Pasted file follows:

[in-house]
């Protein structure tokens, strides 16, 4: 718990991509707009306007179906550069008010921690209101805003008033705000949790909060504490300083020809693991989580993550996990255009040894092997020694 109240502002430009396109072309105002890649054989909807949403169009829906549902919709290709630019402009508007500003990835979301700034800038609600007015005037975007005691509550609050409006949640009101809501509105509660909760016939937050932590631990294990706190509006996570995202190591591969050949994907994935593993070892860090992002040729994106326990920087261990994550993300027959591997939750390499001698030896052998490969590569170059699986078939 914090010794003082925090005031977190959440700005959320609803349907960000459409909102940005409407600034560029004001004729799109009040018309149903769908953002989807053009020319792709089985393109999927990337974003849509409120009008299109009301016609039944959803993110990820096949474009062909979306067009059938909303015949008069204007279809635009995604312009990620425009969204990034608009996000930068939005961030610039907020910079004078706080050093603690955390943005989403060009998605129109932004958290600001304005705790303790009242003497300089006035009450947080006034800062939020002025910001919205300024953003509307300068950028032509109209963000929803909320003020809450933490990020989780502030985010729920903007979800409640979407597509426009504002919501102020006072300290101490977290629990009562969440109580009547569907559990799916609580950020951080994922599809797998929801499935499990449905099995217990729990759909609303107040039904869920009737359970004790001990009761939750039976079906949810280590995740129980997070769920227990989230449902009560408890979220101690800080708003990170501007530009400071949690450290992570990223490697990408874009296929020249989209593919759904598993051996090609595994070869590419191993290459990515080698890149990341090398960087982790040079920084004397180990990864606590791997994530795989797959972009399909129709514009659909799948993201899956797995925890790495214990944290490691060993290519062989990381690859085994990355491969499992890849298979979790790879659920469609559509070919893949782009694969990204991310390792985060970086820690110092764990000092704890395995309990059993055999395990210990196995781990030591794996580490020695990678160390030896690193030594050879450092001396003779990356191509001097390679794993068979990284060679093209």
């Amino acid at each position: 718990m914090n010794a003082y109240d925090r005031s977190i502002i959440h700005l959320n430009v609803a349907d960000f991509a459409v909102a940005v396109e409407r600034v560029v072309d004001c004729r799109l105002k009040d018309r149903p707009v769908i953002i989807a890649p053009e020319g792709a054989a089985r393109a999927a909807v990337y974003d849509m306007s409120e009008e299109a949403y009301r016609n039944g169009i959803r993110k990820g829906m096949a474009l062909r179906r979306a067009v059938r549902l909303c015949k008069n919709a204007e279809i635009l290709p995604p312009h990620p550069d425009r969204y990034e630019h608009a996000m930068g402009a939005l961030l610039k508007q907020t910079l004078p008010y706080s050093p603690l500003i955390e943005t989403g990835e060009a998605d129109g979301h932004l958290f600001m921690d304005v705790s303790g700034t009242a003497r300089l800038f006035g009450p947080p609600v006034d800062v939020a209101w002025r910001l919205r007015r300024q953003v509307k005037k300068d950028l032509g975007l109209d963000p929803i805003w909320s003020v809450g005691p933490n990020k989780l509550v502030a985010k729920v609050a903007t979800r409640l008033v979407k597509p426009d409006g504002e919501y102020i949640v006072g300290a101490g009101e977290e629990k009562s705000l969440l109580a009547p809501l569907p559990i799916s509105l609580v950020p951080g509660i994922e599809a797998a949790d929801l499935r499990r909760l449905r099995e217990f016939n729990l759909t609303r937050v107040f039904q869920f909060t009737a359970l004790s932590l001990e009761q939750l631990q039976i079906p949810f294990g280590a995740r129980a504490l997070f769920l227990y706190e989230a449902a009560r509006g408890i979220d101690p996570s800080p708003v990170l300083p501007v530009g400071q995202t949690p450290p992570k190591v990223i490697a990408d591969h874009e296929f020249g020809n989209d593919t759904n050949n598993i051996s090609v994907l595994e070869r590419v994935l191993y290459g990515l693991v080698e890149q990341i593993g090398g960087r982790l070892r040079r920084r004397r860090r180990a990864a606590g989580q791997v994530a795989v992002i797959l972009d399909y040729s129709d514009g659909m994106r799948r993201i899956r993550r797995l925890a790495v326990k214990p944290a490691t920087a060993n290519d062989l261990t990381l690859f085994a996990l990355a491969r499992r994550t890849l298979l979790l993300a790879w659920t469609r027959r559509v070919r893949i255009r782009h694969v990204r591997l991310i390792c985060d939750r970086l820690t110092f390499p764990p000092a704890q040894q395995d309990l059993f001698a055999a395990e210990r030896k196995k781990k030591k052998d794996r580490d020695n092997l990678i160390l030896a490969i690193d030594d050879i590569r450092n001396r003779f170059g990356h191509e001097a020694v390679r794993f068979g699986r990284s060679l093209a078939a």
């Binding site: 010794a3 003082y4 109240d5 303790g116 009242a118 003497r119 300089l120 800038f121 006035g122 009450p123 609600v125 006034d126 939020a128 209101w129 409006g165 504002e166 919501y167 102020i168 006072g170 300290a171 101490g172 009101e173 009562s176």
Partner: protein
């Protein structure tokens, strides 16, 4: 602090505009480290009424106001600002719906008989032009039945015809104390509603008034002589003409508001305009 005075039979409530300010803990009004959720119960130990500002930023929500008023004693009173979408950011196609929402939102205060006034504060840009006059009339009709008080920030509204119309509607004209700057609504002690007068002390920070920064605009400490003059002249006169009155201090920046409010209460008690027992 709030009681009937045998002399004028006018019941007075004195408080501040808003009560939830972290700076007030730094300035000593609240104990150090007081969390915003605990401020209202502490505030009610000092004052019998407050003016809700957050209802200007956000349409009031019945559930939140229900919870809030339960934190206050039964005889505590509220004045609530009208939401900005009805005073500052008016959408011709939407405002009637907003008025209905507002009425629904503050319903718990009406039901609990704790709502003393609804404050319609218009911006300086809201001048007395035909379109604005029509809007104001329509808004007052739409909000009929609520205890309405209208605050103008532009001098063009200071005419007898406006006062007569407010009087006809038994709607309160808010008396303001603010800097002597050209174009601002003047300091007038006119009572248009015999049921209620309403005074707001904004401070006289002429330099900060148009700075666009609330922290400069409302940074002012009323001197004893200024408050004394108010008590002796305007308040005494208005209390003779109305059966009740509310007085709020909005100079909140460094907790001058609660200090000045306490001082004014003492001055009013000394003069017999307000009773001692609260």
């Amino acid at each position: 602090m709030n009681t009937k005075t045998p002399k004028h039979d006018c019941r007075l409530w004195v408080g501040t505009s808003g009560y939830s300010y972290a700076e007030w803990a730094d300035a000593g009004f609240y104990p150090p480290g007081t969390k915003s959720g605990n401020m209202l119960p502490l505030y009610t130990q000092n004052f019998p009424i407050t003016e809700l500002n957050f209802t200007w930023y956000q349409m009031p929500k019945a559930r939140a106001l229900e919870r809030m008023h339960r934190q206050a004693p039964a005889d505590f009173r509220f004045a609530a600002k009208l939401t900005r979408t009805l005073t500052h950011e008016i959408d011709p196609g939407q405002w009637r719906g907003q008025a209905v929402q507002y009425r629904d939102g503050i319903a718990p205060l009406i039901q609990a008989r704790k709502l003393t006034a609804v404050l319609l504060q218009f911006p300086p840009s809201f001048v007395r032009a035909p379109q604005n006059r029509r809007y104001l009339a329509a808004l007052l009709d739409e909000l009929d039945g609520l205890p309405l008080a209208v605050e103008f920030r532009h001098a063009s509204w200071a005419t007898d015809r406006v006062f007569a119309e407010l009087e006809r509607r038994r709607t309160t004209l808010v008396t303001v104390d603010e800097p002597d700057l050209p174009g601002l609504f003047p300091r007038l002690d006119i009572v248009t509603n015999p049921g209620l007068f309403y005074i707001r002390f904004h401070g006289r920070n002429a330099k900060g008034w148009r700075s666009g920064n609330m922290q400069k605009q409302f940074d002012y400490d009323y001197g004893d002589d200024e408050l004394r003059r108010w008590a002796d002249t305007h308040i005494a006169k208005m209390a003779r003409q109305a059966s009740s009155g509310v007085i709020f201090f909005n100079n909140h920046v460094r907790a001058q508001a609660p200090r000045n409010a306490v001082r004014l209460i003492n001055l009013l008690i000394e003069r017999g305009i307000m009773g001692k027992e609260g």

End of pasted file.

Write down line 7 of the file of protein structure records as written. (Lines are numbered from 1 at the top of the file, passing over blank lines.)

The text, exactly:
């Amino acid at each position: 602090m709030n009681t009937k005075t045998p002399k004028h039979d006018c019941r007075l409530w004195v408080g501040t505009s808003g009560y939830s300010y972290a700076e007030w803990a730094d300035a000593g009004f609240y104990p150090p480290g007081t969390k915003s959720g605990n401020m209202l119960p502490l505030y009610t130990q000092n004052f019998p009424i407050t003016e809700l500002n957050f209802t200007w930023y956000q349409m009031p929500k019945a559930r939140a106001l229900e919870r809030m008023h339960r934190q206050a004693p039964a005889d505590f009173r509220f004045a609530a600002k009208l939401t900005r979408t009805l005073t500052h950011e008016i959408d011709p196609g939407q405002w009637r719906g907003q008025a209905v929402q507002y009425r629904d939102g503050i319903a718990p205060l009406i039901q609990a008989r704790k709502l003393t006034a609804v404050l319609l504060q218009f911006p300086p840009s809201f001048v007395r032009a035909p379109q604005n006059r029509r809007y104001l009339a329509a808004l007052l009709d739409e909000l009929d039945g609520l205890p309405l008080a209208v605050e103008f920030r532009h001098a063009s509204w200071a005419t007898d015809r406006v006062f007569a119309e407010l009087e006809r509607r038994r709607t309160t004209l808010v008396t303001v104390d603010e800097p002597d700057l050209p174009g601002l609504f003047p300091r007038l002690d006119i009572v248009t509603n015999p049921g209620l007068f309403y005074i707001r002390f904004h401070g006289r920070n002429a330099k900060g008034w148009r700075s666009g920064n609330m922290q400069k605009q409302f940074d002012y400490d009323y001197g004893d002589d200024e408050l004394r003059r108010w008590a002796d002249t305007h308040i005494a006169k208005m209390a003779r003409q109305a059966s009740s009155g509310v007085i709020f201090f909005n100079n909140h920046v460094r907790a001058q508001a609660p200090r000045n409010a306490v001082r004014l209460i003492n001055l009013l008690i000394e003069r017999g305009i307000m009773g001692k027992e609260g």